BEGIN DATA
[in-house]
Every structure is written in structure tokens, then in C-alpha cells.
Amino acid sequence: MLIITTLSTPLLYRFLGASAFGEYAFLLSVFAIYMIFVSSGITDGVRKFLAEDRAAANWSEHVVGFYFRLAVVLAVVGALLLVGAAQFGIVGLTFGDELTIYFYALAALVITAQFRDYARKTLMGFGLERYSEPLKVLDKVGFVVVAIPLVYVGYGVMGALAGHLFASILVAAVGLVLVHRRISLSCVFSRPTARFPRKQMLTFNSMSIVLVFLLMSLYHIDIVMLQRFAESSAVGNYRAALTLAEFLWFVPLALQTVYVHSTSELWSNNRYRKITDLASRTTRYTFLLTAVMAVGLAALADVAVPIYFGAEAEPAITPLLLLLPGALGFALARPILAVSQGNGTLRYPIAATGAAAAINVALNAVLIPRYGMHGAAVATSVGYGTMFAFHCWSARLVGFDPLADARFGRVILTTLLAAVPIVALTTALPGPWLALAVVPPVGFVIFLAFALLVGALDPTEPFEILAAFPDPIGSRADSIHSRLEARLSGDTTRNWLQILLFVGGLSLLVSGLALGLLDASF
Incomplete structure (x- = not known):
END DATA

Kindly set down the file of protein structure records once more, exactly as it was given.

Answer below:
[in-house]
Every structure is written in structure tokens, then in C-alpha cells.
Amino acid sequence: MLIITTLSTPLLYRFLGASAFGEYAFLLSVFAIYMIFVSSGITDGVRKFLAEDRAAANWSEHVVGFYFRLAVVLAVVGALLLVGAAQFGIVGLTFGDELTIYFYALAALVITAQFRDYARKTLMGFGLERYSEPLKVLDKVGFVVVAIPLVYVGYGVMGALAGHLFASILVAAVGLVLVHRRISLSCVFSRPTARFPRKQMLTFNSMSIVLVFLLMSLYHIDIVMLQRFAESSAVGNYRAALTLAEFLWFVPLALQTVYVHSTSELWSNNRYRKITDLASRTTRYTFLLTAVMAVGLAALADVAVPIYFGAEAEPAITPLLLLLPGALGFALARPILAVSQGNGTLRYPIAATGAAAAINVALNAVLIPRYGMHGAAVATSVGYGTMFAFHCWSARLVGFDPLADARFGRVILTTLLAAVPIVALTTALPGPWLALAVVPPVGFVIFLAFALLVGALDPTEPFEILAAFPDPIGSRADSIHSRLEARLSGDTTRNWLQILLFVGGLSLLVSGLALGLLDASF
Incomplete structure (x- = not known):